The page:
In November 2009, Rhodes was appointed Chancellor of the University for the Creative Arts, one of the UK's newest universities, and only the second to focus specifically on art and design. An official installation ceremony took place in June 2010 in the Banquet House, Whitehall, accompanied by a fashion show highlighting the best designs from the BA (Hons) Fashion Design and BA (Hons) Fashion Innovation Management courses at the Rochester campus in Medway, Kent – where Rhodes studied, under its former title of the Medway College of Art and BA (Hons) Fashion at Epsom in Surrey.
Marks and Spencers introduced the upmarket Zandra Rhodes collection, modelled and made by Rhodes, into the bigger stores by late 2009. She has her own collection of jewellery. The Zandra Rhodes jewellery includes five separate collections, which are Oriental Whisper collection, Punk Chic Collection, Lovely Lilies collection, Signature collection and Manhattan Lady Collection.
A more recent jewellery collection created in collaboration with Adele Marie London, called Zandra Rhodes for Adele Marie, launched in August 2011. This collection features iconic pieces of Rhodes' early textiles work remade as jewellery. Rhodes launched a handbag range made under licence by Bluprint in 2010 and has also collaborated to produce a bed linen range and a new improved outdoor clothing range.
On 26 March 2013, Rhodes launched a Digital Study Collection of 500 of her iconic garments from her private archive, as well as drawings and behind-the-scenes interviews and tutorials in her studio. The Zandra Rhodes Digital Study Collection was developed through a project led by the University for the Creative Arts and funded by Jisc. Making key garments she designed available for student study worldwide.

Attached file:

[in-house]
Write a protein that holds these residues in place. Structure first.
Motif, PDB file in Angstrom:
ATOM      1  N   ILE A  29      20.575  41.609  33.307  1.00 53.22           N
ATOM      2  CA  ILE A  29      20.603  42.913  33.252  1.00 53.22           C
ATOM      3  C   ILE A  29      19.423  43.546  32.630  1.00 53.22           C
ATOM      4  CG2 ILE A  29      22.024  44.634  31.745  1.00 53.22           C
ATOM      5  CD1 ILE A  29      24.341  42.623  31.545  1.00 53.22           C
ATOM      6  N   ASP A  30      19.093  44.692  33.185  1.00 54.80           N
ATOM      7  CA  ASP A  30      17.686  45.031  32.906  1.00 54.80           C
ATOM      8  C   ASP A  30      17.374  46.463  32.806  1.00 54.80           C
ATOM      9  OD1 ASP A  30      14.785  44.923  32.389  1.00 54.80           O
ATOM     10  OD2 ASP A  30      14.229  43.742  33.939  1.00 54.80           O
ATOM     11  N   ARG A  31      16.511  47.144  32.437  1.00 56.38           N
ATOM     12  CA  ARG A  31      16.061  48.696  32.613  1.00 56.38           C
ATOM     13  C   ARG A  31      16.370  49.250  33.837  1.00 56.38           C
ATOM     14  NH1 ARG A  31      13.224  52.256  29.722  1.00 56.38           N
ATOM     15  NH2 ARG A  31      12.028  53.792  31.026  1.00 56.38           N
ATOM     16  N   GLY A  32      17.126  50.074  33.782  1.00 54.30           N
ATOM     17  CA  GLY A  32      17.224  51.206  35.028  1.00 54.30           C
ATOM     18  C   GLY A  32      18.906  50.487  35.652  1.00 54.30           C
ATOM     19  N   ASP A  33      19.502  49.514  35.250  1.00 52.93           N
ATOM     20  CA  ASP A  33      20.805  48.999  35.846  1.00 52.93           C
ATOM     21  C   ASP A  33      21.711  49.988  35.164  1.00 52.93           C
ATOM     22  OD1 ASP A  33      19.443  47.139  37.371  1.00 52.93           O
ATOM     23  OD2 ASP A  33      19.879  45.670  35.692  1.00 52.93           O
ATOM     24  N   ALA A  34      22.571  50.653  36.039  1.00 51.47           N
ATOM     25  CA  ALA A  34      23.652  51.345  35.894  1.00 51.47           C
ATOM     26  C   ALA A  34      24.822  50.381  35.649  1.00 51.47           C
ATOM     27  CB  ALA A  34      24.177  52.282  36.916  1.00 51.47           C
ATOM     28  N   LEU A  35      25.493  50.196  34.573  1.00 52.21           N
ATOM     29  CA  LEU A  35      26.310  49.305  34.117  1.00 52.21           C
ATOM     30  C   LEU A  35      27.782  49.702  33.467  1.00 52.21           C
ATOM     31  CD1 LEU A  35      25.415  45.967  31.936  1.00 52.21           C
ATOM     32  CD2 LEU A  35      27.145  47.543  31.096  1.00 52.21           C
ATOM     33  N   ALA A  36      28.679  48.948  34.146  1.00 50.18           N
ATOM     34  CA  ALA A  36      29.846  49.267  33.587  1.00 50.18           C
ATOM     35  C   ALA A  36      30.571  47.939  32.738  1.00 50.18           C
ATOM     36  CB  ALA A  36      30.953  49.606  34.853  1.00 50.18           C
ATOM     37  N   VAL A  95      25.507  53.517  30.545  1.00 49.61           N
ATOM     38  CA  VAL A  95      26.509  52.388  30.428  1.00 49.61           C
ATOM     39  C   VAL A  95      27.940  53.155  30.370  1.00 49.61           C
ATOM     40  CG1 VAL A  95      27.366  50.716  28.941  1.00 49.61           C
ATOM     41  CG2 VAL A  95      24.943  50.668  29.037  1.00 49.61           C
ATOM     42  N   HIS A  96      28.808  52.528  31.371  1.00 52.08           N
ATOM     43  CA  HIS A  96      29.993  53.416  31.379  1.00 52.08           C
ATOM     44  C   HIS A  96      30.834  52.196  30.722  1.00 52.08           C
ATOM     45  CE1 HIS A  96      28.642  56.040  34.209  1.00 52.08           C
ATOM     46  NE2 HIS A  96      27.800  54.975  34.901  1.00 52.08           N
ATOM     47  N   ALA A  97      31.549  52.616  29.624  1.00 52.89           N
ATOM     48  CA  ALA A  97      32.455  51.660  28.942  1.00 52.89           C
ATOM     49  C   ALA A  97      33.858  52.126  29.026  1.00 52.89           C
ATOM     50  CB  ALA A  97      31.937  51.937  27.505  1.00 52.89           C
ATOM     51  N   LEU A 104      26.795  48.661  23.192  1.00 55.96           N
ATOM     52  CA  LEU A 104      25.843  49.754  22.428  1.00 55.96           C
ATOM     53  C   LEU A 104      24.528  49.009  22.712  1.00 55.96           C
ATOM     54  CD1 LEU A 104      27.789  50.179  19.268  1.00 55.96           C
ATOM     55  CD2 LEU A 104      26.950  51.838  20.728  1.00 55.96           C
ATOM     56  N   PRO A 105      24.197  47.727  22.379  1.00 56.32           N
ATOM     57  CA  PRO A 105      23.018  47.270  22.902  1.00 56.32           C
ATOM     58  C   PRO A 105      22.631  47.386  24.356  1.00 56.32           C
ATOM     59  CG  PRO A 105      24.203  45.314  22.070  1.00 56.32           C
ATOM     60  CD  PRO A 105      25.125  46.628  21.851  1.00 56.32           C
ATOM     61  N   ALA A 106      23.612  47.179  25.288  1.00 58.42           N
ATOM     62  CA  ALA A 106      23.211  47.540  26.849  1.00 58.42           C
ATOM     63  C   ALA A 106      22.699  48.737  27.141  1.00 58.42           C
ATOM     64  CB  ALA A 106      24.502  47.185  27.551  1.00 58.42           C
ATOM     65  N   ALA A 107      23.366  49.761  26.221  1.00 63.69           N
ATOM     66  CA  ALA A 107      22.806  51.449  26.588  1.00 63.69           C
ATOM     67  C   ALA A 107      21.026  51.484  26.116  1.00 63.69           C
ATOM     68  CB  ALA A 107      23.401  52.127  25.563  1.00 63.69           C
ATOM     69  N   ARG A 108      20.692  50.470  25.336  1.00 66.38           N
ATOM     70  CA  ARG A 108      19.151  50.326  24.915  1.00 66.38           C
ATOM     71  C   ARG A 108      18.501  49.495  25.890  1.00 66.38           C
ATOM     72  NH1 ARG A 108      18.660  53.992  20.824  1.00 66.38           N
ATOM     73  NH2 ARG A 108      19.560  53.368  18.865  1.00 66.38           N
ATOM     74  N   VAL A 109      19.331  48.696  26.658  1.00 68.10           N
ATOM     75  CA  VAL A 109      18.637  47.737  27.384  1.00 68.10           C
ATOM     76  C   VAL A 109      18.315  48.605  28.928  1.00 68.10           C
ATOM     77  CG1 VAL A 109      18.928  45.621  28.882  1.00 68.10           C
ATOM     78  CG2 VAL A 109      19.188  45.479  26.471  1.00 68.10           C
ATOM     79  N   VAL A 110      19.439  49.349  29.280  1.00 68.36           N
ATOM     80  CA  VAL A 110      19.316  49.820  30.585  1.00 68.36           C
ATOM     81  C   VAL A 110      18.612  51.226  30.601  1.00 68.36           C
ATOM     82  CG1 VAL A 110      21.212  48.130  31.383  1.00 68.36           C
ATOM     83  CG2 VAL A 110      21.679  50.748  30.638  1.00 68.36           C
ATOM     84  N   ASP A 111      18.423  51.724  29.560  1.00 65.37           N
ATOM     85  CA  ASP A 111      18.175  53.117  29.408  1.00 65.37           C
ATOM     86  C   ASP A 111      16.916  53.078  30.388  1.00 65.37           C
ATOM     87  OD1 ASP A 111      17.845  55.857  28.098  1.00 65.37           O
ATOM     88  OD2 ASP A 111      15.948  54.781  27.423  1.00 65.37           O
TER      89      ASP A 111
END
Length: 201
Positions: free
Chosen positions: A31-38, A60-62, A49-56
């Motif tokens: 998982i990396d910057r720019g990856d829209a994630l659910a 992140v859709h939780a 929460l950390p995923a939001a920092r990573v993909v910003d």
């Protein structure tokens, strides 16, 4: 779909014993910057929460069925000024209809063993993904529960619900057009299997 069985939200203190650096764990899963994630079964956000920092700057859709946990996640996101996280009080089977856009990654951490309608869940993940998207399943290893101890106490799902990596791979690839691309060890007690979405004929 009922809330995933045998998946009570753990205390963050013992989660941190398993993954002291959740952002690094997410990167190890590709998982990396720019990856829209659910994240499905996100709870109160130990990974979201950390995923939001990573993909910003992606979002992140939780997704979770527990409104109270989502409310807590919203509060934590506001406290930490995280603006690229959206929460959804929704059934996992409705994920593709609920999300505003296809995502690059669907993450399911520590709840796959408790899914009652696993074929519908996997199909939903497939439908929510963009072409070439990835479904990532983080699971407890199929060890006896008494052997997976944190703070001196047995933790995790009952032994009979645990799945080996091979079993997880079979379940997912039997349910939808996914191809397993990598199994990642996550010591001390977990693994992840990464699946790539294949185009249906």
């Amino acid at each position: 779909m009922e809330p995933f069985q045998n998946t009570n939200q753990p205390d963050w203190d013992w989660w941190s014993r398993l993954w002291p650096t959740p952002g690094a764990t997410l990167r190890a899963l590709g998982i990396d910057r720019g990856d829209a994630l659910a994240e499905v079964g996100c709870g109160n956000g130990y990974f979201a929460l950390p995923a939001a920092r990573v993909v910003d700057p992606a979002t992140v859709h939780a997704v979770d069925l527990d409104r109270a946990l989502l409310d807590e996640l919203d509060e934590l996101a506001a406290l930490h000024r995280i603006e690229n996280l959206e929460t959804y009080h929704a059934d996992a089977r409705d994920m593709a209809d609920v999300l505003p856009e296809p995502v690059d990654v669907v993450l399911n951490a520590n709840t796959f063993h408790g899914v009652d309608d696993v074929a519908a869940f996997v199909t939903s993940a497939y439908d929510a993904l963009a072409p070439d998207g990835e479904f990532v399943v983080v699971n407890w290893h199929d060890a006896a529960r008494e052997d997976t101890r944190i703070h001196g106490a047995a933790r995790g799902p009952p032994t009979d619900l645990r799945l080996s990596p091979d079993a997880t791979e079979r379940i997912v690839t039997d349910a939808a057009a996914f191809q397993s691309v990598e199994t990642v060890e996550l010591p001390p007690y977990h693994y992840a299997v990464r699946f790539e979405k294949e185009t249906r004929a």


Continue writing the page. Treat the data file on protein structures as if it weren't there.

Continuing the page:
Rhodes was appointed Commander of the Order of the British Empire (CBE) in 1997 and Dame Commander of the Order of the British Empire (DBE) in the 2014 Birthday Honours for services to British fashion and textiles, having been invested at Buckingham Palace by Princess Anne.
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- Crystal, David (ed.) (1998) "Rhodes, Zandra (1940–)" The Cambridge Biographical Encyclopedia Second edition, Cambridge University Press, Cambridge, England;
- San Diego Opera News Release:
- The Art of Zandra Rhodes
- Zandra Rhodes: A Lifelong Love Affair with Textiles
- Marsh, June (2012). History of Fashion. UK: Vivays Publishing. p. 137. ISBN 9781908126214.
- Anne Commire and Deborah Klezmer (2007). Dictionary of Women Worldwide: 25,000 Women Through the Ages. Yorkin Publications. p. 1588.
- "Annual Review 2007: Principal's Review". 1.hw.ac.uk. Archived from the original on 5 March 2016. Retrieved 29 March 2016.
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- Jisc website, Jisc.ac.uk, March 2013; accessed 23 April 2016.
- "No. 60895". The London Gazette (Supplement). 14 June 2014. p. b8.
- Lewis, Roz (18 October 2013). "Zandra Rhodes: My family values". The Guardian.
- Shroder, S. Fashion designer crashes car into La Jolla hardware store. Signonsandiego.com, 30 June 2009.
- "Zandra Rhodes on the new government's priorities". Vogue.co.uk. 2010-08-19. Retrieved 2016-04-27.
- "Archived copy" (PDF). Archived from the original (PDF) on 13 May 2008. Retrieved 7 May 2008.